WENZHOU, China, July 24 (Reuters) – Rescue workers on Sunday dug through the tangled wreckage after a high-speed train smashed into a stalled train in eastern China, killing at least 35 and injuring 210 in China’s deadliest train disaster since 2008.
The crash occurred on Saturday after the first train lost power due to a lightning strike and a bullet train following behind crashed into it, state television said, raising new questions about the safety of the fast-growing rail network.
Two foreigners also died in the accident, which took place on a bridge near the city of Wenzhou in Zhejiang province, some 860 miles (1,380 kms) south of Beijing, state news agency Xinhua said on Sunday. China News Service, a semi-official news agency, said one of them was a female in her 20s.
The government of Hangzhou, the provincial capital of Zhejiang, was not available for comment.
Rescuers said they were still looking for survivors, trying to reach the broken carriages lying under the bridge.
“The task for us now is to clear the debris and also to check for survivors in those areas that we have not gone to,” said 35-year-old rescue worker Wang Jun.
“Right now, we still don’t know whether there are any more survivors. That’s is our main task now. Also, we are trying to get the railway line to be operational again.”
Dozens of rescue workers and firefighters used excavators to move the wreckage of the two trains as they believe more bodies were in one of the carriages that was dangling beside the bridge. It was unclear how many were on the trains at the time of the accident.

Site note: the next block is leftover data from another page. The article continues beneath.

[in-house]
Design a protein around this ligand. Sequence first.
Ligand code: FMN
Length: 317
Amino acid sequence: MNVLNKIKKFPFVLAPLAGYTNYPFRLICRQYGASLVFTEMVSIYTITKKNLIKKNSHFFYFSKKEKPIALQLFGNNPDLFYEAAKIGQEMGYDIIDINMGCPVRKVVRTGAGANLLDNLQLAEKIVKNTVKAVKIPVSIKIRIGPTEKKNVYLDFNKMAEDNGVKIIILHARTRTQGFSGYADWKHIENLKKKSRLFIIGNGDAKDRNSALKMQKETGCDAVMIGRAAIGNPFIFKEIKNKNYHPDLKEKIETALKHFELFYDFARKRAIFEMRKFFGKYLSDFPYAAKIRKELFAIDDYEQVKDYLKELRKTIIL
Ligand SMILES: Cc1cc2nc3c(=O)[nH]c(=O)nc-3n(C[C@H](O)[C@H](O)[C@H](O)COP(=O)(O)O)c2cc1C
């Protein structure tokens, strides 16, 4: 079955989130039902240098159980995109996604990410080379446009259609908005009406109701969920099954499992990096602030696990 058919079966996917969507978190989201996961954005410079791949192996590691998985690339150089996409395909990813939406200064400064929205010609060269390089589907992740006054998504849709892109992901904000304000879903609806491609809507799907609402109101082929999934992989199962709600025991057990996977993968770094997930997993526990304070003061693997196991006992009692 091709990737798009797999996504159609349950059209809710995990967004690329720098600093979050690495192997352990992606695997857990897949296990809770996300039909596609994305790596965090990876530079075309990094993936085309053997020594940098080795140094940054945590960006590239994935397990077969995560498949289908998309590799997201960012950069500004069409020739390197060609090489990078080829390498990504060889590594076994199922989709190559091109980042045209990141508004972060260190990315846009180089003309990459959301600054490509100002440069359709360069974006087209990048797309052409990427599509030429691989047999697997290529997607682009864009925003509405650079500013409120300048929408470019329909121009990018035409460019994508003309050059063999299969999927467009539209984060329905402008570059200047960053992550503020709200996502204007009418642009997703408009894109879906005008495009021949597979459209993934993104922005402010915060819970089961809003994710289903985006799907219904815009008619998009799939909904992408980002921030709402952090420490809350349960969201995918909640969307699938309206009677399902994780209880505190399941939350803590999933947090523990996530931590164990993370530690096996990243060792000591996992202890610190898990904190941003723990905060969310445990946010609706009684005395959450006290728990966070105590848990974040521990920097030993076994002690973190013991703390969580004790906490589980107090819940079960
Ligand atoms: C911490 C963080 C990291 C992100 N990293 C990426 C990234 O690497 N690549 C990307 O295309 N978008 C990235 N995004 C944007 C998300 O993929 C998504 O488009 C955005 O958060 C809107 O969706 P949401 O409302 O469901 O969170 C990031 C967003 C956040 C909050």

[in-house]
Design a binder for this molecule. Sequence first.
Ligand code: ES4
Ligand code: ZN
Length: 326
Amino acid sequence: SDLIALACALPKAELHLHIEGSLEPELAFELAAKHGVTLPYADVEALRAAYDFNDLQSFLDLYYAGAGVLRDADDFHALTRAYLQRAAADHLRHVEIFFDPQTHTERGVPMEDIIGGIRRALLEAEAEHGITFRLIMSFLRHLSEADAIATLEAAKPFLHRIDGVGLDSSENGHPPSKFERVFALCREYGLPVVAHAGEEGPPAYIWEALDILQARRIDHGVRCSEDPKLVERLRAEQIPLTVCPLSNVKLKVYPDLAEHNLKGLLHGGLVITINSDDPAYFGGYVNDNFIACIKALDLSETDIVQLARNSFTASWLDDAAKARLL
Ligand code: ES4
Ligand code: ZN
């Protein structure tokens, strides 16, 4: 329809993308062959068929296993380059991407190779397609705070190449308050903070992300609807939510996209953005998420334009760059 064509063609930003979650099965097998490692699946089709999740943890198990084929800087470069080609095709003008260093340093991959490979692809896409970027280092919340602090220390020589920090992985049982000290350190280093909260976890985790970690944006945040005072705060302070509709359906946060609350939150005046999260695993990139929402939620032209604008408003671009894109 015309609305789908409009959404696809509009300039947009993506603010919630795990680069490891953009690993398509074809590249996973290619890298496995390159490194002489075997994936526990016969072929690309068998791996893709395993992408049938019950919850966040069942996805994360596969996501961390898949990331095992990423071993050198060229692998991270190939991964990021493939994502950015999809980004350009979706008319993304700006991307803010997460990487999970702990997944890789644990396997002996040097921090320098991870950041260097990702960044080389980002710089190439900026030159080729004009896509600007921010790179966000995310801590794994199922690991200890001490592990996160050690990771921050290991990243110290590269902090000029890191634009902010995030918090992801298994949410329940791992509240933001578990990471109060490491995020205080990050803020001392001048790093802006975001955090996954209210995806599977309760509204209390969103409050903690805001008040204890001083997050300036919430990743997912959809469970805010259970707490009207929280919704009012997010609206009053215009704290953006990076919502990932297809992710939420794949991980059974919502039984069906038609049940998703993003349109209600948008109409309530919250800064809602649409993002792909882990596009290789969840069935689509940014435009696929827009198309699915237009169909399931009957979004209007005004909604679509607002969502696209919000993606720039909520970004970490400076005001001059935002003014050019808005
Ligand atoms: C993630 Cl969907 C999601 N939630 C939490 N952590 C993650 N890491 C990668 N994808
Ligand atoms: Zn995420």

Rail remains the most popular method of long-distance transport in China and trains are usually extremely crowded, with long-distance trains carrying as many as 1,000 passengers.
The reliability of China’s railways has been called into question recently after the series of power outages on the flagship Beijing-Shanghai high-speed rail line, which has left passengers stranded on stuffy trains for hours at least three times since opening a month ago.
Chinese authorities suspended 21 trains after the collision, state news agency Xinhua said.
Chinese Vice Premier Zhang Dejiang is rushing to the scene to help out in the relief work and investigation, Xinhua added. Chinese President Hu Jintao and Premier Wen Jiabao also called for all-out efforts to rescue passengers and ordered to make rescue work a priority, according to a government statement.
“FLYING INTO THE AIR”
One train was heading from Beijing to the coastal city of Fuzhou, the other was running from Hangzhou, also to Fuzhou.
The total power failure on Saturday rendered useless an electronic safety system designed to warn following trains of stalled trains on the tracks up ahead, and automatically halt them before a collision can occur.
The force of the collision sent “the head of the train flying into the air,” said Cai Qi, a 30-year-old villager who witnessed the accident and rescued five children, four women and one man. “Some of them had their hands or legs broken. Some were crushed inside debris and we pushed and carried them out.”
Survivors took refuge at a middle school on Saturday night, which served as an emergency and information centre for relatives looking for their missing kin. Some cried as they went through the list of injured. Many survivors looked shaken.
“Suddenly, there was a loud bang,” said 32-year-old survivor Yin Caohui. “After that, the train broke. It was all dark and we could not see anything. Then there were a few loud sounds again.”
A 31-year-old survivor, who gave his last name as Yu, said the train stopped suddenly and the lights immediately went off, adding that the passengers “didn’t think it was so serious.”
“Only when we got down, did we see that there were so many train carriages that had fallen down,” Yu said.
China’s last major train disaster was in 2008, when an express train travelling from Beijing to the eastern coastal city of Qingdao derailed and collided with another train, killing 72 and injuring 416 people.